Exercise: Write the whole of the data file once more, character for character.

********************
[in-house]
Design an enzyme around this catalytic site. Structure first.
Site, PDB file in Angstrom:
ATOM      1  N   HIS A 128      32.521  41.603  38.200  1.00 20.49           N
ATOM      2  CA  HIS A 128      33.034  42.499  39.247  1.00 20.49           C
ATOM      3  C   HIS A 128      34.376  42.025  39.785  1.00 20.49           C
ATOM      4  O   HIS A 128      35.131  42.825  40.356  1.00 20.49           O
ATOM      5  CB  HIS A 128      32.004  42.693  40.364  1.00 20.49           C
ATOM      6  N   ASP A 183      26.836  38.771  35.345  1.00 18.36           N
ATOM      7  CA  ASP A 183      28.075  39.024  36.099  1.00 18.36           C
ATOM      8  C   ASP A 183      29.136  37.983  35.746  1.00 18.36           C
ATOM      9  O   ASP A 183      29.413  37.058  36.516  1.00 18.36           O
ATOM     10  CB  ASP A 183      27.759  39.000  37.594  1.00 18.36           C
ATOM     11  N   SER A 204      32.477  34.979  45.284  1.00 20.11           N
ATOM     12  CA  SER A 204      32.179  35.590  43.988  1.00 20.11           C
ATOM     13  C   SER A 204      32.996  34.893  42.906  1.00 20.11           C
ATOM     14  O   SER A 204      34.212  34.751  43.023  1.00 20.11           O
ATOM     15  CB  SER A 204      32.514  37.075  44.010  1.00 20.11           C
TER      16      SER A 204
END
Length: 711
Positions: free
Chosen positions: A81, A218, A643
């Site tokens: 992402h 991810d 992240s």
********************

[in-house]
Design an enzyme around this catalytic site. Structure first.
Site, PDB file in Angstrom:
ATOM      1  N   HIS A 128      32.521  41.603  38.200  1.00 20.49           N
ATOM      2  CA  HIS A 128      33.034  42.499  39.247  1.00 20.49           C
ATOM      3  C   HIS A 128      34.376  42.025  39.785  1.00 20.49           C
ATOM      4  O   HIS A 128      35.131  42.825  40.356  1.00 20.49           O
ATOM      5  CB  HIS A 128      32.004  42.693  40.364  1.00 20.49           C
ATOM      6  N   ASP A 183      26.836  38.771  35.345  1.00 18.36           N
ATOM      7  CA  ASP A 183      28.075  39.024  36.099  1.00 18.36           C
ATOM      8  C   ASP A 183      29.136  37.983  35.746  1.00 18.36           C
ATOM      9  O   ASP A 183      29.413  37.058  36.516  1.00 18.36           O
ATOM     10  CB  ASP A 183      27.759  39.000  37.594  1.00 18.36           C
ATOM     11  N   SER A 204      32.477  34.979  45.284  1.00 20.11           N
ATOM     12  CA  SER A 204      32.179  35.590  43.988  1.00 20.11           C
ATOM     13  C   SER A 204      32.996  34.893  42.906  1.00 20.11           C
ATOM     14  O   SER A 204      34.212  34.751  43.023  1.00 20.11           O
ATOM     15  CB  SER A 204      32.514  37.075  44.010  1.00 20.11           C
TER      16      SER A 204
END
Length: 711
Positions: free
Chosen positions: A81, A218, A643
């Site tokens: 992402h 991810d 992240s």